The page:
Can you give an accurate project estimate without knowing what a client really wants or needs?
Your answer is probably, “Of course not.”
But agencies and freelancers regularly quote on projects without knowing the full scope of what they’re getting into or what their client needs to accomplish their business goals.
Here’s a pretty common scenario:
A prospect reaches out for a quote, you set up a call to talk about it, and later you provide an estimate for what they’ve asked for (a new website, brand redesign, etc.).
But this is all very deliverable-focused.
They’ve self-prescribed the fix to their business problem without giving you insight into any of the reasons for the project.
What the client wants isn’t the deliverable—they want what that deliverable will get them (more customers, more traffic, better brand recognition, etc.).
But without having a more in-depth conversation with them, you can’t really begin to understand the real purpose of the project.
Related: Getting started with discovery workshops
Without going deeper, you’ll also have a hard time figuring out the technical and strategic scope of the project and will probably underbid it by accident, since most of the time you rush through this stage just to get a proposal in front of your prospect.
Later, during the project, you’ll find out that you’ve committed to a lot more work than you thought you did. Sadly, by that time it’ll be too late to change the scope without pissing off your client.
All this can be avoided by doing enough discovery before jumping into a big project with a client.
But there’s a downside to doing a bunch of research and presenting your prospect with a proposal: They might reject it—and you’ll have wasted a ton of time and effort for nothing.
Enter paid discovery.
Instead of giving away your expertise for nothing, you get paid to write the proposal after doing a discovery session.
“Discovery sessions should never be free of charge.”
A discovery session has a few main purposes:
- To establish the reason for the project by diagnosing the business problem
- To uncover hidden value for the client by understanding what making this problem go away is worth to your client
- To plot a path forward by prescribing a treatment plan to help end the prospect’s business problem
Number 3 is also the discovery session deliverable. You could give this to the client as a brief or a report or something similar.
You’re probably already giving your prospect some kind of treatment plan but you’re giving it away for free right now.
If you’ve already been doing discovery like this in your design business, what you need to do now is formalize and sell it as a standalone service.
Make sure there’s a fit
The other point of a discovery session is to make sure there’s a “fit.” This is the last place in the process where you can safely back out of the project without causing some serious headaches and Client From Hell type moments.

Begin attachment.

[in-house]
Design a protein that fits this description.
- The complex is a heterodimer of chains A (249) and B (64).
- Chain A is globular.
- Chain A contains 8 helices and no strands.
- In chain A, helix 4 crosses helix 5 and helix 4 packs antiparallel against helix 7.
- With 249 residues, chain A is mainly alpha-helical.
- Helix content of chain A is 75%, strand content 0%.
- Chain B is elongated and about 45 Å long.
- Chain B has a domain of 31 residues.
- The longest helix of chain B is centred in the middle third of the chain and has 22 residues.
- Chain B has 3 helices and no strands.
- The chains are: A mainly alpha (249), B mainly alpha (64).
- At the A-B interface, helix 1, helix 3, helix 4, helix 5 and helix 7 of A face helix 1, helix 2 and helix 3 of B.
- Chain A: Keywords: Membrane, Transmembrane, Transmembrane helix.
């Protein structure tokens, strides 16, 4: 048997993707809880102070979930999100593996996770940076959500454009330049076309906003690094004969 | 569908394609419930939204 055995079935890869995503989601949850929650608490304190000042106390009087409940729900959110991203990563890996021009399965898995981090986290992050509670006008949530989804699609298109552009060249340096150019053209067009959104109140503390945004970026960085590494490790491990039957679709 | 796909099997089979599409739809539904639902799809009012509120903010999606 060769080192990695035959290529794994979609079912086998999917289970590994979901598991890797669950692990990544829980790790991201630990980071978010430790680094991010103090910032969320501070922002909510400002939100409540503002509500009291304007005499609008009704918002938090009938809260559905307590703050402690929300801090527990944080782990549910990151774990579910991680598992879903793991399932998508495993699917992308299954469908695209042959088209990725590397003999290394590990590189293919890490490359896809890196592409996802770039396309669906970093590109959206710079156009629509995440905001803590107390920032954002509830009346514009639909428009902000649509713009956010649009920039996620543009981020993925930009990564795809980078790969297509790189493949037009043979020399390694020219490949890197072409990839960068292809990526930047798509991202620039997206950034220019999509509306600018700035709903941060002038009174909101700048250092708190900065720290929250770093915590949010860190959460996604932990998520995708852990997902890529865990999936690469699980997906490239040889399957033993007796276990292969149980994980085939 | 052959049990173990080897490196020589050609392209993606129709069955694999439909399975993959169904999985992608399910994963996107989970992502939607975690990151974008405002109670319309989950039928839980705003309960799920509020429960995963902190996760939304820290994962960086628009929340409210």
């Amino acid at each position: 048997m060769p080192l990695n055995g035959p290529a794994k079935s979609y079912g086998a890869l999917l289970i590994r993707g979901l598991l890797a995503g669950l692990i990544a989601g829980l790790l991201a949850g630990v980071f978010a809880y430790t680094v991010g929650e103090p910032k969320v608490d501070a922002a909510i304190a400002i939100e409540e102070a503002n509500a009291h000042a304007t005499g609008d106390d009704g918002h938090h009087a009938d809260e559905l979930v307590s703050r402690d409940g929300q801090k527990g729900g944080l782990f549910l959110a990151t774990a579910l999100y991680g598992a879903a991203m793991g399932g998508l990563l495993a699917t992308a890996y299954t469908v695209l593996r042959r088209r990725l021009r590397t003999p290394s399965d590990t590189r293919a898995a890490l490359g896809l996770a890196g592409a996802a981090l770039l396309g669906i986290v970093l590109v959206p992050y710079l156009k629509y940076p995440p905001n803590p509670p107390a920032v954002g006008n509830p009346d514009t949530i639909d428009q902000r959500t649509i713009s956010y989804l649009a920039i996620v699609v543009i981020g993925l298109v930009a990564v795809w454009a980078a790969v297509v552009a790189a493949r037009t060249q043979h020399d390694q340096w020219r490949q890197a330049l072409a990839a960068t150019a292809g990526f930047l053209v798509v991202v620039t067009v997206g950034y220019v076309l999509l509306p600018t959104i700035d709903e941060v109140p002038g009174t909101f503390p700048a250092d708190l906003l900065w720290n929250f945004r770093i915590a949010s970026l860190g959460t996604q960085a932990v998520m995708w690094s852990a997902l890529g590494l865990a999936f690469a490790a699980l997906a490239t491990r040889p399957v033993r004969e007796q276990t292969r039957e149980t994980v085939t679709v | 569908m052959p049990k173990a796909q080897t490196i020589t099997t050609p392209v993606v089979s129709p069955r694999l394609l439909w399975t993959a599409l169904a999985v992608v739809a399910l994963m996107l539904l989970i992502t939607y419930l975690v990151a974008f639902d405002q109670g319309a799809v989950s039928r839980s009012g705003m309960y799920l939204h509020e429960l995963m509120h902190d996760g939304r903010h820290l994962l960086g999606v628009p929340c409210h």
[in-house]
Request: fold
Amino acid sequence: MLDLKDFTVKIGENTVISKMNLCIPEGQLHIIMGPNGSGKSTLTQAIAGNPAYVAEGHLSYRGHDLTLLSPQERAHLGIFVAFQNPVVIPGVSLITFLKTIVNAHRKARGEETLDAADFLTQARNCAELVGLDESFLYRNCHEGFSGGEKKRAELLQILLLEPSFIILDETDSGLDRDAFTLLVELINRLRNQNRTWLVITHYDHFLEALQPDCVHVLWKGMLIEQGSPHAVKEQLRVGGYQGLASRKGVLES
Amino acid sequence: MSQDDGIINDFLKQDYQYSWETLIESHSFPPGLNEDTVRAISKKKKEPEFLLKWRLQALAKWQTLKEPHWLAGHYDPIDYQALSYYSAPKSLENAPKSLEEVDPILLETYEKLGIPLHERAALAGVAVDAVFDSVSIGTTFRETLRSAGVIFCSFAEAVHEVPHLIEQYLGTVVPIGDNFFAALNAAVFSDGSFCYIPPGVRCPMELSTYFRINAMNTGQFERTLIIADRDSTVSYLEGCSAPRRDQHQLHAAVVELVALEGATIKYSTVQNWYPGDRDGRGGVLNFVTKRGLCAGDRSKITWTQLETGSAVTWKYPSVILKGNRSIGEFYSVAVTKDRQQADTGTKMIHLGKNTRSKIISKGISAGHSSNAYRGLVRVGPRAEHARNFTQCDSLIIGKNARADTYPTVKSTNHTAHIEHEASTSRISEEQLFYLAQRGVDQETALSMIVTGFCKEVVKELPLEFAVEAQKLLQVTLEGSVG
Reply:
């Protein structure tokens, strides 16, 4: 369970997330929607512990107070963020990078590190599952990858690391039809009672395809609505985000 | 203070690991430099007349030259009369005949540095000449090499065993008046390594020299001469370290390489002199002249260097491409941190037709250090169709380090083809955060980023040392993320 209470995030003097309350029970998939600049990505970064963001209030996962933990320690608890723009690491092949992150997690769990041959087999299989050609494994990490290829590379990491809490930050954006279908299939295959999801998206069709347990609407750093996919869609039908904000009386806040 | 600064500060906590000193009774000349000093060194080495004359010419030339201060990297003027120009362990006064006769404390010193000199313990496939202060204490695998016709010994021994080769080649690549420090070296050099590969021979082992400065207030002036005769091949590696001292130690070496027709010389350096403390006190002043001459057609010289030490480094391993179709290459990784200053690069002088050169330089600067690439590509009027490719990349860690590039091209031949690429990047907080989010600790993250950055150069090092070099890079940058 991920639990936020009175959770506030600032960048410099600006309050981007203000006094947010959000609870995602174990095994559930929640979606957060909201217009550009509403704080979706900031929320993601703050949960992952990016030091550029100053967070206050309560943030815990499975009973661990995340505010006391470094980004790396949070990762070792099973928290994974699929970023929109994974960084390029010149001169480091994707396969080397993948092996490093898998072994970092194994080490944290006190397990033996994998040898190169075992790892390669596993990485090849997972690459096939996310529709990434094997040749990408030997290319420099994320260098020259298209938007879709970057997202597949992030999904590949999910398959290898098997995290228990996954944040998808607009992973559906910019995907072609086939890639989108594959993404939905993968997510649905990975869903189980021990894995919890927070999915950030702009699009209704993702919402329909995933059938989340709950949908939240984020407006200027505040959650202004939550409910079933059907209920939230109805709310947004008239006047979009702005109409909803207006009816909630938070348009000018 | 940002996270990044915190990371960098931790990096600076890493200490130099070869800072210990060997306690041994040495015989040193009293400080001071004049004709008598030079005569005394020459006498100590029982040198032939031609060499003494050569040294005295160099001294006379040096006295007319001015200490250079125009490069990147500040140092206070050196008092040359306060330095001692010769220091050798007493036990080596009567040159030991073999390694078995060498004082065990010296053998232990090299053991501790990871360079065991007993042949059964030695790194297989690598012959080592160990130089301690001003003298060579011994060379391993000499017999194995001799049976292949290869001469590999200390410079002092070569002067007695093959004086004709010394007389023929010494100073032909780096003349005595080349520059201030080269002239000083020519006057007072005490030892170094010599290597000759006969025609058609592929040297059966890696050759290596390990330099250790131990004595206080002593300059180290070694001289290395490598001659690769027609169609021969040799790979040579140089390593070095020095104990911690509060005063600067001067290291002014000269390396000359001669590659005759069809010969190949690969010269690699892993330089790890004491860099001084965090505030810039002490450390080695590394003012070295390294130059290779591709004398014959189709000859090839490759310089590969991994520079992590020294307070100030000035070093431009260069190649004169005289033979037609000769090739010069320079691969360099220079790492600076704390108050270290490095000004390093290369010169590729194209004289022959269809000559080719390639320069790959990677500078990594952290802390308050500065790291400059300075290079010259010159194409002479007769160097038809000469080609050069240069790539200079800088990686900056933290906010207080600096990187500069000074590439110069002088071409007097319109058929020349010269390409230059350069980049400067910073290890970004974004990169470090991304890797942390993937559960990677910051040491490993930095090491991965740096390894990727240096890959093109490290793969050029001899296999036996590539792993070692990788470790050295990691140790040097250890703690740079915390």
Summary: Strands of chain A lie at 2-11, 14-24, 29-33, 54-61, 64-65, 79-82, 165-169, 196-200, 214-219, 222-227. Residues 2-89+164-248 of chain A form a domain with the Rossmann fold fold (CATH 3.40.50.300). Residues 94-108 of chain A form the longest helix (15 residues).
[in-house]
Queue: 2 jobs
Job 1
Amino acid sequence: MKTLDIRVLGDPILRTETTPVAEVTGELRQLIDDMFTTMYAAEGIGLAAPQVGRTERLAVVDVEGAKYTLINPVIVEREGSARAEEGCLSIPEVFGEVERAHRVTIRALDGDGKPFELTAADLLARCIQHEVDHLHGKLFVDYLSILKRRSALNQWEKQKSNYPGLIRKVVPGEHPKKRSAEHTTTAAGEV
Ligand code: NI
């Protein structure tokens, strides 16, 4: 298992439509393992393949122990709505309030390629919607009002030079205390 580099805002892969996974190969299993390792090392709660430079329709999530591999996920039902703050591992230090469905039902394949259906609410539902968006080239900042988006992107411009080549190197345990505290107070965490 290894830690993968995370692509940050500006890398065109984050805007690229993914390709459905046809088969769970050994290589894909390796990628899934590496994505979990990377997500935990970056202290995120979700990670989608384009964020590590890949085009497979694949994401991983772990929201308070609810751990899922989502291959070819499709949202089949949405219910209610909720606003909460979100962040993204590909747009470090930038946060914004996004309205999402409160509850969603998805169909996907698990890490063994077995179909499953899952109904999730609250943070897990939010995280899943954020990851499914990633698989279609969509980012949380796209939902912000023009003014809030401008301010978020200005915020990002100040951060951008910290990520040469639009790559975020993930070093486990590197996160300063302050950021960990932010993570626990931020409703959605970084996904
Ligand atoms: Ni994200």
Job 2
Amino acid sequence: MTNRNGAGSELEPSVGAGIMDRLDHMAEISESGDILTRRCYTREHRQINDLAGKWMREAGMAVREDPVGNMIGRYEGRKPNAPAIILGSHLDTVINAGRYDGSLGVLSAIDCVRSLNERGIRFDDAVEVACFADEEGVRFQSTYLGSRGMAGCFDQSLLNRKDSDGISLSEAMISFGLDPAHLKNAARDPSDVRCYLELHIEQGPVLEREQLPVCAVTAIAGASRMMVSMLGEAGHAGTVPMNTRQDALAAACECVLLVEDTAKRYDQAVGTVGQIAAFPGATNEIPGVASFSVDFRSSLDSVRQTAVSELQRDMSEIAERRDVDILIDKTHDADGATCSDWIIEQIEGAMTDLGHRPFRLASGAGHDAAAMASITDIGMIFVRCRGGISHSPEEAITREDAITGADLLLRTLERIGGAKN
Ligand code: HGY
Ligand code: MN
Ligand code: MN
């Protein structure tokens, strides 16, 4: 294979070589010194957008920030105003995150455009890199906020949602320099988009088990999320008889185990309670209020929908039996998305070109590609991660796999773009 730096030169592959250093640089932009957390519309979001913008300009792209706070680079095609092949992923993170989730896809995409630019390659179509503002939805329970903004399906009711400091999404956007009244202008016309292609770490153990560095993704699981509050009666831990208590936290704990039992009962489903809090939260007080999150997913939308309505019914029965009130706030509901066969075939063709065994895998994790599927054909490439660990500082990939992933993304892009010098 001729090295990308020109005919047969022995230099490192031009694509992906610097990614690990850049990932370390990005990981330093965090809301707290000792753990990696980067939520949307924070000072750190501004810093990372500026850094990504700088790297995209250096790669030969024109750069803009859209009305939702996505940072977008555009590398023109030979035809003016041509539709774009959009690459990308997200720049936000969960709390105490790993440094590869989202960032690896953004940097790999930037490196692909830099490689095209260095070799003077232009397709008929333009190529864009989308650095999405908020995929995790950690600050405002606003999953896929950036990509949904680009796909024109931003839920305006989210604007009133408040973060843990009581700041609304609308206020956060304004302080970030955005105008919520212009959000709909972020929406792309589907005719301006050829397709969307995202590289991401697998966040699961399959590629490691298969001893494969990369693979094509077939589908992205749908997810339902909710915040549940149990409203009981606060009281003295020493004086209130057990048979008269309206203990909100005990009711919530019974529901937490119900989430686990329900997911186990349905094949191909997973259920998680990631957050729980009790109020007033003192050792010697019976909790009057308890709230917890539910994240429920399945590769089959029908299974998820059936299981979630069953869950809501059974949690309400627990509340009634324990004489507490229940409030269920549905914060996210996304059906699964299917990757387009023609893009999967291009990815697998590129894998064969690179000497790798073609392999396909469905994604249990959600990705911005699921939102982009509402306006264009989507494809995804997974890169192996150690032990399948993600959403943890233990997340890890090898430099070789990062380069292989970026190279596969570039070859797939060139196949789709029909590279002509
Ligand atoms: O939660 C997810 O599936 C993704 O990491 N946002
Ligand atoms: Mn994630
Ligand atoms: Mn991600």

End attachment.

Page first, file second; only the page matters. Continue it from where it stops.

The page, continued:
With a small “discovery” project, you can get a feel for working with each other before your client commits $20,000 on a big project that will be harder to back out of later when everyone finds out the fit was off.
Instead, pitch them on this smaller “discovery” project ($1,000-$2,000), and at the end of it, they can take what they’ve learned to someone else who can implement it—or, you’ll execute the work yourself.
Think of this as a smaller consulting project that’s separate from the larger execution project.
Diagnose before you prescribe
Think about when you take your car in to find out what is wrong with it. A mechanic looks under the hood to figure out what’s making that loud clanking noise.
They do a diagnostic.
That is what paid discovery is—or any kind of discovery for that matter.
It’s a diagnostic to confirm the client’s suspicions about what’s wrong. And then there is a prescription to fix the problem.
It’s the same when you go to the doctor. You’ll go into the exam room thinking it’s X problem, but a doctor doesn’t just take your word that you’ve got X disease because you’ve stayed up all night looking on WebMD.
They—like any true professional—do their own assessment to identify the problem.
Here are a few questions to ask to help you assess their business:
When a client comes to you thinking they need X deliverable to solve Y problem, going through a discovery session makes sure that’s the case.
The last thing the client wants is to spend a bunch of money to work on the wrong thing—but it happens all the time.
How to sell paid discovery
To sell your client on paid discovery, you’ve got to make them understand the benefit of the session.
Pitch it as a way to end up with better outcomes because of a more accurate assessment of their business.
Other designers aren’t giving accurate quotes without first understanding what the problems and goals are. You can use that to your advantage by putting that objection in the mind of your client.